It's fun to buy things for yourself or others. You know the satisfied feeling you get when finally acquiring that special item you have been longing for. Spending money on what you want is nice to be able to do.
However, more important than spending money is paying yourself first. You take priority over any bills or other expenses. Paying yourself first is money you put away for later, not a fund to be used for more or larger purchases.
Paying yourself first has many benefits. A growing bank account provides you with freedom. You will be in much better shape to weather economic downturns. You’ll have greater ability to deal with unexpected emergency expenses. Your self-confidence will grow with the self-discipline you develop.
Imagine how nice it would be to have enough put away to cover your living expenses for one year. Your money related stress level will drop. You wouldn't feel held hostage by a job you don't like.
Consider paying yourself first as building up your freedom fund. Although it takes financial discipline to make it grow, it's well worth the effort. How much would you have today if you started paying yourself 10% of your take home pay 5 years ago? Even had you saved only 5%, how much would you now have in your account?
Unless you change your habits, five years from now you will be in the exact same financial position, or perhaps even worse. A change in strategy is required in order to attain different results.
You might argue you don't have enough extra money to pay yourself first. Your income is too low or your expenses too high. Regardless of your current financial situation, you can pay yourself something.
Paying yourself first is an issue of attitude, not finances. Are you familiar with the lottery syndrome? Some studies show as many as 90% of multimillion dollar lottery jackpots winners have lost their entire fortune within five years. Many are in worse financial condition than before their win.
Yet there are many examples of individuals starting from nothing and building a fortune. How you think about what you have is more significant than how much you have. Additionally, you can find numerous instances where someone has built a fortune, lost it, and then accumulated it again.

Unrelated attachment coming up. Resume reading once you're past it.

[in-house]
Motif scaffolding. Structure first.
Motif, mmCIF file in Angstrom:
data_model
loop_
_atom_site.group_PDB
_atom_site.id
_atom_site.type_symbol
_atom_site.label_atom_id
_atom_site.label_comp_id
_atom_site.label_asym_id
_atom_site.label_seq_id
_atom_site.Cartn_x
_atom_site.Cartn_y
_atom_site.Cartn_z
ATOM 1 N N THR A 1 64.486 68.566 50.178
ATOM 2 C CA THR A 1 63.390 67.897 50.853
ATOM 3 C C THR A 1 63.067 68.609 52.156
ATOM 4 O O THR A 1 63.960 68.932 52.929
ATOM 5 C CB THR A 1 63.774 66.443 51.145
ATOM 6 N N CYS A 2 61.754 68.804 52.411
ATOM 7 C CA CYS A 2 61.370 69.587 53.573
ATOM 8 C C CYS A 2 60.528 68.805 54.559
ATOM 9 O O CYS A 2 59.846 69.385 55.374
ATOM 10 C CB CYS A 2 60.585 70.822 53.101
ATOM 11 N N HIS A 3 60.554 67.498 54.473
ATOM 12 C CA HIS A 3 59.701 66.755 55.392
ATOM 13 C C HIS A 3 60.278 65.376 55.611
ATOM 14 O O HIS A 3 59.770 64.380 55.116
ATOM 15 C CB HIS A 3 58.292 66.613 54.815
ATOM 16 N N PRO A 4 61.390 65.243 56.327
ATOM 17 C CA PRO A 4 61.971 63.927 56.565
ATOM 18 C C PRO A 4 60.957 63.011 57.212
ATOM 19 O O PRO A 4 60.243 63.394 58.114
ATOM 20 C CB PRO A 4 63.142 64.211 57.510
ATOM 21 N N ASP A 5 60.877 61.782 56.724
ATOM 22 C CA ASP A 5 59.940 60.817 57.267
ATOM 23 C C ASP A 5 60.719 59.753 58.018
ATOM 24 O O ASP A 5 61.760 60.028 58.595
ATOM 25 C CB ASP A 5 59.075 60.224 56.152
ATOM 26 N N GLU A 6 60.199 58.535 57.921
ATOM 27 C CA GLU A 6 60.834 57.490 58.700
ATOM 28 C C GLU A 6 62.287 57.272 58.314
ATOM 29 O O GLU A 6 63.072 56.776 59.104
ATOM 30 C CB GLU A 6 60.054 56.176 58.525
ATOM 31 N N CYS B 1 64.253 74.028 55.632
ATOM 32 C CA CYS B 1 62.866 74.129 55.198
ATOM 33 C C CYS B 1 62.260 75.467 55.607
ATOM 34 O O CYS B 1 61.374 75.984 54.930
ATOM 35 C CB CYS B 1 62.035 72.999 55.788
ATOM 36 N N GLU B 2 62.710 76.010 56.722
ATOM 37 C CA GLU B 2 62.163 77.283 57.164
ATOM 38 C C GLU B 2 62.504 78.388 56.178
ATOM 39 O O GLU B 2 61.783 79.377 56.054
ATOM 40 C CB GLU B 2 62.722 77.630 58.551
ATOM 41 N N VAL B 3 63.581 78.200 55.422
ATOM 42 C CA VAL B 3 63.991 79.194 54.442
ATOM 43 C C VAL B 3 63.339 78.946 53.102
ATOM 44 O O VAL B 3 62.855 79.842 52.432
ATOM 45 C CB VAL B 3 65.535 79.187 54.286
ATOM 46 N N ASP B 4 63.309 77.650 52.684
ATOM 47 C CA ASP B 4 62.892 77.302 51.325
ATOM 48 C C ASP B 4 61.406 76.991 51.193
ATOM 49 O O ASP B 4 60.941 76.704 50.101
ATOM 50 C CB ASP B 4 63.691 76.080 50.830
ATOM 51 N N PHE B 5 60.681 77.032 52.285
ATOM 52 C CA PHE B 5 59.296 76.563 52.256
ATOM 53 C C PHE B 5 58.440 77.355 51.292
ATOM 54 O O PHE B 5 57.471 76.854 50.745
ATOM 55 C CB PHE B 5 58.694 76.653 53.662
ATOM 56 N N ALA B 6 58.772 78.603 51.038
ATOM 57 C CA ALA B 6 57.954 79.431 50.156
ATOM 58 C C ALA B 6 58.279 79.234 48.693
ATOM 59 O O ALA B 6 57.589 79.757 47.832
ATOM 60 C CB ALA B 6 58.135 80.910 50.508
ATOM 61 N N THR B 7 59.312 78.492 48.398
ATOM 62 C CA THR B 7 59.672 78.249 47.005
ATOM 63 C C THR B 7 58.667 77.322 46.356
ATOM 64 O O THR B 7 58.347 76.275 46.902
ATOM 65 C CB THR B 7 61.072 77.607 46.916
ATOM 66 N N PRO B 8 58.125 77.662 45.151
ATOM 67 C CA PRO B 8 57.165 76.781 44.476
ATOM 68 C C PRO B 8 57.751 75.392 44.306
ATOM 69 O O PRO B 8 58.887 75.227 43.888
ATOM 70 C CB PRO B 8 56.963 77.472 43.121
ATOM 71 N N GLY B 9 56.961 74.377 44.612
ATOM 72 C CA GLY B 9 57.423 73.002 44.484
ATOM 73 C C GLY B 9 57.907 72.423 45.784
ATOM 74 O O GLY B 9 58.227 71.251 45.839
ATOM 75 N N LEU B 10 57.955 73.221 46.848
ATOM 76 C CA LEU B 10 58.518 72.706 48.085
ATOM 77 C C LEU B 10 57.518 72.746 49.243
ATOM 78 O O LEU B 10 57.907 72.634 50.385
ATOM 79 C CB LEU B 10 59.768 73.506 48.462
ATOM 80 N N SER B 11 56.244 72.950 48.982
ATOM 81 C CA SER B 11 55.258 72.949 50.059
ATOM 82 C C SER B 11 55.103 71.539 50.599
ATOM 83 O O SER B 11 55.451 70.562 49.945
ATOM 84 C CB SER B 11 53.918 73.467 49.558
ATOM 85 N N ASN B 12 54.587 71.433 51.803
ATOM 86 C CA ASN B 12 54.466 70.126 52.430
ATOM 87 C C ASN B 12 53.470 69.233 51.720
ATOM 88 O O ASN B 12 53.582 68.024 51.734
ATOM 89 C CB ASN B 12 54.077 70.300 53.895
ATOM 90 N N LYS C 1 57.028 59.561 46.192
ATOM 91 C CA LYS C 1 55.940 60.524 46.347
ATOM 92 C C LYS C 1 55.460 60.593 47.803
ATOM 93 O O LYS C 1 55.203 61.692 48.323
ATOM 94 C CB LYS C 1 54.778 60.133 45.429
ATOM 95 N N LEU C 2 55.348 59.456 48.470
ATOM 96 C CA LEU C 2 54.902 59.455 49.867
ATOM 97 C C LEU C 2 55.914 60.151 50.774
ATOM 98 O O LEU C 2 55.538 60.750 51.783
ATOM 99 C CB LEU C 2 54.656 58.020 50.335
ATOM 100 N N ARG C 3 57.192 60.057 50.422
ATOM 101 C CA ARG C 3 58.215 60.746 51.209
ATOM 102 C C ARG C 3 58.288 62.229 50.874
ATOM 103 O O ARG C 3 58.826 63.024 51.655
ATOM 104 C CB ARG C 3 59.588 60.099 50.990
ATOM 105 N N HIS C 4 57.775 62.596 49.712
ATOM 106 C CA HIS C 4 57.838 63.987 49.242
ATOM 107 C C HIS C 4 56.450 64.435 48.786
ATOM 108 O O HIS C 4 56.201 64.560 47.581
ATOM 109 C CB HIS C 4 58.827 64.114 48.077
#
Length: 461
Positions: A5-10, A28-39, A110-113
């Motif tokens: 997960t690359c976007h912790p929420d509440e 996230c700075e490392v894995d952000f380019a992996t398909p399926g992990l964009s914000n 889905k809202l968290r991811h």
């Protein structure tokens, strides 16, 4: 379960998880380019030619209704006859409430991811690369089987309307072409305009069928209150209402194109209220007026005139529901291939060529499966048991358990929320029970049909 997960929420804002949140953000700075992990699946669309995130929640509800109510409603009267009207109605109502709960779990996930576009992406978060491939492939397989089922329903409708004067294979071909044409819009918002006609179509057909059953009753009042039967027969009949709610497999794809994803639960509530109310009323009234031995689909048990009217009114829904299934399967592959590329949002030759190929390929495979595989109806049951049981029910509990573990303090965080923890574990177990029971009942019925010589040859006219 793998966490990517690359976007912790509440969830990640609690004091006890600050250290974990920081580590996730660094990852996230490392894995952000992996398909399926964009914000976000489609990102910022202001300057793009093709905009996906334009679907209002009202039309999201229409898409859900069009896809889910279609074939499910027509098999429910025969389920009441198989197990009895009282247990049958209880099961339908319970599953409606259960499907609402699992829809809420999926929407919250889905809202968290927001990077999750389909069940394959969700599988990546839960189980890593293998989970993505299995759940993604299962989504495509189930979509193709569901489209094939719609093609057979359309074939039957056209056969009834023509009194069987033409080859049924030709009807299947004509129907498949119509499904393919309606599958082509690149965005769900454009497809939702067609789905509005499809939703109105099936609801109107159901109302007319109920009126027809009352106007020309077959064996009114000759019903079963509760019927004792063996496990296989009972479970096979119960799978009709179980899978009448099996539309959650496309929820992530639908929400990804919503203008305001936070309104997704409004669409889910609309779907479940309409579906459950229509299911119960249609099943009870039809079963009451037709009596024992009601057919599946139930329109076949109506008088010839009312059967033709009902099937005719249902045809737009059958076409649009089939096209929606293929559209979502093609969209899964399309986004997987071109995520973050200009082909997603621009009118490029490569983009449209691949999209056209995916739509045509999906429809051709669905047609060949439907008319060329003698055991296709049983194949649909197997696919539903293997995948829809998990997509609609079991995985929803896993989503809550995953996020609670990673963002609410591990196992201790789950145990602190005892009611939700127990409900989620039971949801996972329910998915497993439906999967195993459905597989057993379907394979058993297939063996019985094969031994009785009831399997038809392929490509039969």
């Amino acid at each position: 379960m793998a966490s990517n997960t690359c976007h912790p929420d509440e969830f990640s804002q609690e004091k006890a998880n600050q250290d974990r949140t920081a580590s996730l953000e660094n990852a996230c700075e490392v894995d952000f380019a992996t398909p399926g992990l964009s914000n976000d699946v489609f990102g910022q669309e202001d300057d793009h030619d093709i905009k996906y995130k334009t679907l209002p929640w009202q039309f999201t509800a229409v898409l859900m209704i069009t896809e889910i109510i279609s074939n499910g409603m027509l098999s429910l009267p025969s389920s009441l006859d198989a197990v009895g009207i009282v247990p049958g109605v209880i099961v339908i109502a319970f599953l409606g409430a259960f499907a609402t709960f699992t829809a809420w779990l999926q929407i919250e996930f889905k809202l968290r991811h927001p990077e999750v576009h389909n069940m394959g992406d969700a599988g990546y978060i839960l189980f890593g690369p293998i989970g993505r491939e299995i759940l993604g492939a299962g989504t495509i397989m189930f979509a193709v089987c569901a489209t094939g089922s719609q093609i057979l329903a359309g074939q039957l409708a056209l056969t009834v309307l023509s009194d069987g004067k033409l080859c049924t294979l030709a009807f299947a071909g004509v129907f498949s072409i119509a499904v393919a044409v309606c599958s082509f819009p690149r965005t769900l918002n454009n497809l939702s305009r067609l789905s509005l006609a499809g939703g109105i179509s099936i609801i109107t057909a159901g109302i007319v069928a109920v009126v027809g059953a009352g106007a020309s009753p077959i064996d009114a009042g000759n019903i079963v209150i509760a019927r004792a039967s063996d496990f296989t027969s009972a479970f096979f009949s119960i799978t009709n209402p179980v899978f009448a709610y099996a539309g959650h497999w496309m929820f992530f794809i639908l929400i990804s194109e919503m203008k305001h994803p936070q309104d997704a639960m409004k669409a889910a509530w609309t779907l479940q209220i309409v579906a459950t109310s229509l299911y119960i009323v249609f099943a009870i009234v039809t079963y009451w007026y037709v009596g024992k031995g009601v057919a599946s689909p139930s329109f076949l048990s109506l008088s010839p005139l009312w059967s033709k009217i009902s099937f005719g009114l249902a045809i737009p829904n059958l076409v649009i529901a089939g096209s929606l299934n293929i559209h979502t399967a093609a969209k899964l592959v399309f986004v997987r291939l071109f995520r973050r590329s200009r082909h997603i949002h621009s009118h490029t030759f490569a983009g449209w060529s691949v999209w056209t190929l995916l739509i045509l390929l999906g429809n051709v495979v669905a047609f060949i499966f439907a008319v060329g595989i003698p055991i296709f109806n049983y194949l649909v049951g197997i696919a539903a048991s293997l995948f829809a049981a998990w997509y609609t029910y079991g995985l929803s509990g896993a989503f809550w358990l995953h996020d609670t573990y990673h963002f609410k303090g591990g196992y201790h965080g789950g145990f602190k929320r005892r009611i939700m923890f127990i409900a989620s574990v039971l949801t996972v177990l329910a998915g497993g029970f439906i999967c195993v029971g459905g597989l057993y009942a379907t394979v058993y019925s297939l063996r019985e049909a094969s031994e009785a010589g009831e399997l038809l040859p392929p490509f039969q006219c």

One of the basic principles required to grow your finances is the ability to accurately distinguish between needs and wants. A need is something genuinely essential; you can't survive without it. A want is anything that although nice, is not required for your survival. You need food, shelter, clothes, transportation, etc. All else is optional. You want a new car. You want to go out to eat. You want to go away on vacation.
In order to pay yourself first, you must consider it a need. It should take precedence over all else. The exact amount isn't important. It's the fact that you always pay yourself first, no matter what, that's important.
Another strategy to assist paying yourself first is living below your means. This involves spending less than you can afford for both your needs and wants. By so doing, you can pay more to yourself than if you were spending the money elsewhere.
Paying yourself first is a proven strategy for building financial security. Financial security reduces stress and enhances your options. All successful people pay themselves first. It’s a great habit that is not hard to develop. The exact amount doesn’t matter. Starting today, make sure to pay yourself first.
NOW AVAILABLE: "Dare to Live Without Limits," the book. Visit www.BryanGolden.com or your bookstore. Bryan is a management consultant, motivational speaker, author, and adjunct professor. E-mail Bryan at firstname.lastname@example.org or write him c/o this paper. 2013 Bryan Golden